Author kristjan.jonsson
Recipients beazley, dabeaz, flox, kristjan.jonsson, loewis, pitrou, techtonik, torsten
Date 2010-04-13.22:48:39
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Maybe the state of this discussion is my fault for not being clear enough.
Let's abandon terms such as "broken" and "roundrobin."  CS theory has the perfectly useful terms "fair" and "unfair."  The fact of the matter is this:
the pthread GIL (implemented as LEGACY gil) is an "unfair" syncronization primitve.  The GIL on windows, (and the poorly named ROUNDROBIN_GIL) is a  "fair" synchronization primitive.

Unfair mutexes have their place, and such is the behaviour of the windows condition variable (and the pthreads mutex, I suspect).  But they are not useful if you want to provide fair access to a resource that is held all the time.

Until after that GIL business at PyCon I wasn't aware of this fundamental difference between the GIL on windows and pthreads platforms in 2.x.  It is astonishing to me that no one appears to have noticed the difference, or made much of it.  CPU threads are scheduled fairly on windows, and incredibly unfairly on pthreads.

with the ROUNDROBIN_GIL I'm not proposing anything radical, I'm just suggesting that we adopt the superior behaviour that has been on windows all along.  Yes, people actually do use windows.

Antoine, I understand that your point about do_yield, yet the results for 3 seconds without it are telling on their own, and worthy of being studied, which is why I suggested disabling it.

Also, I think you will find that he imbalance in the throughput of the threads won't go away even after 30 seconds.  Unfortunately, the unfairness is such that it may actually diverge.

I've improved my patch some more.  I'll upload it soon.  In particular, I've addea a PyThread_gil_yield() method to enable whatever underlying gil there is to possible deal with this particular locking case differently, if possible, perhaps suggesting to the OS not to switch cores.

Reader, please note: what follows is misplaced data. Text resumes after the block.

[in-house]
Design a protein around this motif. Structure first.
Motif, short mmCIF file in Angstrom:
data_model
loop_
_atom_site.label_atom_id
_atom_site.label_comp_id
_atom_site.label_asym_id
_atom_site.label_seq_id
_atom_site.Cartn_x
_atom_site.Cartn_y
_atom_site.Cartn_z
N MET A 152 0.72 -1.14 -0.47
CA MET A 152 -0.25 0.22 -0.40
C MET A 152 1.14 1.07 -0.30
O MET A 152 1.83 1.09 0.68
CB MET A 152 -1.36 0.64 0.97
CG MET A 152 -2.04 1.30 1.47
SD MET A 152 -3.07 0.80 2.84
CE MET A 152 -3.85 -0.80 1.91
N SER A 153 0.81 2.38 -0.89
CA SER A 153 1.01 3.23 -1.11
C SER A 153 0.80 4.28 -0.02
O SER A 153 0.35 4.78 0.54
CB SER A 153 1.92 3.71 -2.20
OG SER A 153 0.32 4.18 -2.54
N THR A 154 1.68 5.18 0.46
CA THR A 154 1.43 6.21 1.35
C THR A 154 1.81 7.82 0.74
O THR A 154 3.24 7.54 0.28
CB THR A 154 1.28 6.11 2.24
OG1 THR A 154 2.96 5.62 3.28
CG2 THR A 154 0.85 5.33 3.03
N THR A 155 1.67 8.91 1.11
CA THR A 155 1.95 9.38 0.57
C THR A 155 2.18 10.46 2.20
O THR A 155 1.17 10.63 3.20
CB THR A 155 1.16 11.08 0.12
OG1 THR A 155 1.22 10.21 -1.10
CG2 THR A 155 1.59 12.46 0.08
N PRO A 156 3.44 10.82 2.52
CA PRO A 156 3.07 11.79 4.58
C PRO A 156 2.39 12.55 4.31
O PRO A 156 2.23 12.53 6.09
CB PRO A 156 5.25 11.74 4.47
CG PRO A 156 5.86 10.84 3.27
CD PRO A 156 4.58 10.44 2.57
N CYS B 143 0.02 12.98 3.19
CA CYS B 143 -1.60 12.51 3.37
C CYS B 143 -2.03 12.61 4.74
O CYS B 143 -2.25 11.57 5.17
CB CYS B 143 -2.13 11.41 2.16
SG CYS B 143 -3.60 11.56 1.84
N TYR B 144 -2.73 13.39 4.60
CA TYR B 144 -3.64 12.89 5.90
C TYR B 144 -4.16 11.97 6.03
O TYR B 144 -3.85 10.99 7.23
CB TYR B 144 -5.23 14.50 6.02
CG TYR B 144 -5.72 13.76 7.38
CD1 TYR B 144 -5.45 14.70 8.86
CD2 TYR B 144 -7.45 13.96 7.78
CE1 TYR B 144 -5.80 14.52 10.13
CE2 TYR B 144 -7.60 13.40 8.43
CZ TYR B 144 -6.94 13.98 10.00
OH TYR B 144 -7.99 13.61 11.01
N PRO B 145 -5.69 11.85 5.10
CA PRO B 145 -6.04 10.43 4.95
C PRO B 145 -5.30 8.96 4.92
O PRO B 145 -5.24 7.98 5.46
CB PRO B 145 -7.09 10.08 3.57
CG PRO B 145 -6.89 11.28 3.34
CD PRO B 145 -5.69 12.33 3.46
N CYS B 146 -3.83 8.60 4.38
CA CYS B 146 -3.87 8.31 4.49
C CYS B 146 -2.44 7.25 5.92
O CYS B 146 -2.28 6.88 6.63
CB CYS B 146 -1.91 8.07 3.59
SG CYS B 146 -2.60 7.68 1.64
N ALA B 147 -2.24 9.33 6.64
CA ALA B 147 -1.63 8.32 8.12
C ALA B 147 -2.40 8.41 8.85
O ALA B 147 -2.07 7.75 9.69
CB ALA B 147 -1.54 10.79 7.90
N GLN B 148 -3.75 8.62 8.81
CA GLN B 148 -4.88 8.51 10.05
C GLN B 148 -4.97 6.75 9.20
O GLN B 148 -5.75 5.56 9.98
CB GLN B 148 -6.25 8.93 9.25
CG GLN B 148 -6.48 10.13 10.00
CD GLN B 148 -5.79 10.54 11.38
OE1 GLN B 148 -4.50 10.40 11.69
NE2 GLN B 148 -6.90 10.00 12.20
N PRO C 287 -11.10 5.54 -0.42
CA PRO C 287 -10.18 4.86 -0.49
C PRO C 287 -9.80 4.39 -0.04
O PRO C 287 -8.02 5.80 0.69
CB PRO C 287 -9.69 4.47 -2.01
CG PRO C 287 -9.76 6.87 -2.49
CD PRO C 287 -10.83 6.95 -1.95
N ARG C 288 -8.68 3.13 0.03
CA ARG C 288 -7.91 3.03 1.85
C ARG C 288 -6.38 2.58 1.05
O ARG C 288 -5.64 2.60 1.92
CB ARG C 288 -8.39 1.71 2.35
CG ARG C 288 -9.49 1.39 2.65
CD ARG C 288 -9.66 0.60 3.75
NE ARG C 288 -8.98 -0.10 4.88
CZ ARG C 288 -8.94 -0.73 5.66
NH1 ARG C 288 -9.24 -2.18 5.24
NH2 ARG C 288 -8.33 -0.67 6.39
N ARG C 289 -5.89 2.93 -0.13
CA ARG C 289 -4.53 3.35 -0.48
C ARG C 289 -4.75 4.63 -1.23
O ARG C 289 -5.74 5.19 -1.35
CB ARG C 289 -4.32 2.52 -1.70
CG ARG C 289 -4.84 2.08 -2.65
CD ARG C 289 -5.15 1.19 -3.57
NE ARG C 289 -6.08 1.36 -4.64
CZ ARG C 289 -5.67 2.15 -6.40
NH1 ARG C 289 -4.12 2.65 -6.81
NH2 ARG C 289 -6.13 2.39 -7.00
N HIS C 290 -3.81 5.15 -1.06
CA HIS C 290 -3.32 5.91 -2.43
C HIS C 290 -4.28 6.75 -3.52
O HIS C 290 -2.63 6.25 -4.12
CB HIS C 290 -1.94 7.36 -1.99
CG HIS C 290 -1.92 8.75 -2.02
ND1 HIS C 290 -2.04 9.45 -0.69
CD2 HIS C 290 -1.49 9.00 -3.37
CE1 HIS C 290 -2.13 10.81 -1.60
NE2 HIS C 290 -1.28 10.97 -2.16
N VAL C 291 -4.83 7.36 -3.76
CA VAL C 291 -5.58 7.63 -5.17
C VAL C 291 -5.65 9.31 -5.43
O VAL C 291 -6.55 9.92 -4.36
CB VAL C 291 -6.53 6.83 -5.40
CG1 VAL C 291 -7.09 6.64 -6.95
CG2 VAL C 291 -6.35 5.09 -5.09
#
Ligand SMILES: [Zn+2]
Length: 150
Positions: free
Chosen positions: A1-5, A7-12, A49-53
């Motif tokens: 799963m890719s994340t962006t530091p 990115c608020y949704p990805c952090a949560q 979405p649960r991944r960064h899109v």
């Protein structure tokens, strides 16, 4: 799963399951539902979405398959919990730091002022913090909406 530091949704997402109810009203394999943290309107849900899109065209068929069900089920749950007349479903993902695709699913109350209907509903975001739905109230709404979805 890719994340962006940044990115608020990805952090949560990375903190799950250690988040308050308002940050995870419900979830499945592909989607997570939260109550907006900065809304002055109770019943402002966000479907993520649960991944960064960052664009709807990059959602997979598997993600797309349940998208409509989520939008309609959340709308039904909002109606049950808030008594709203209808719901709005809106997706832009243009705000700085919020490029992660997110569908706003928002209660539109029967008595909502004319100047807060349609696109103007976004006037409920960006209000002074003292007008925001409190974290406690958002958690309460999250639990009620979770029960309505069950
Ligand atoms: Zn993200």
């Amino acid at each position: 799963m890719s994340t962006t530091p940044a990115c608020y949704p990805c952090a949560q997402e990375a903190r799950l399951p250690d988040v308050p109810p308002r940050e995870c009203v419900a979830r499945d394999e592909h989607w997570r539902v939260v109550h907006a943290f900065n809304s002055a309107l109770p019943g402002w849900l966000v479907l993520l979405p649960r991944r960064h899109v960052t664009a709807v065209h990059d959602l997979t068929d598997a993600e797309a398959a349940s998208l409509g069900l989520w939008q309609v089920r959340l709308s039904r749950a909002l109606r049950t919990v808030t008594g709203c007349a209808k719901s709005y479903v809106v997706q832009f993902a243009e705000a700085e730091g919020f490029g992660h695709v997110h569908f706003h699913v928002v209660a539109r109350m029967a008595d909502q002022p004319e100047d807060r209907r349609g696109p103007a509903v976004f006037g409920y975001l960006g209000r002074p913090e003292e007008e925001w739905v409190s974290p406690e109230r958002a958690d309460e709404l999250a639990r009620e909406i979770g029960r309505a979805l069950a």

I┬┤ve also created a simple program in visual studio to examine a GIL outside the context of python.  I'll put it here tomorrow too, for those interested.  It allows for simpler experimentation, although because the loop is small, you won't see the effect of the instruction cache problems.

David, I actually think that the checkinterval is a perfectly good mechanism, especially if augmented with an interrupt mechanism  What does it matter if some opcodes are slower than others?  when we are checking every 100 or 1000 (or 10000 as I am proposing) that hardly matters.  We just need to have an order of magnitude thing there.  But there are other ways to do it.  You can use a timer on windows, and on pthreads too, I think.

But the whole point of this patch is to take a step back, and to see if there is a way to fix the "gil problem" in a simpler way by first trying to understand it fully, and then apply minimal changes to solve it.
Date User Action Args
2010-04-13 22:48:43kristjan.jonssonsetrecipients: + kristjan.jonsson, loewis, beazley, pitrou, techtonik, flox, dabeaz, torsten
2010-04-13 22:48:42kristjan.jonssonsetmessageid: <>
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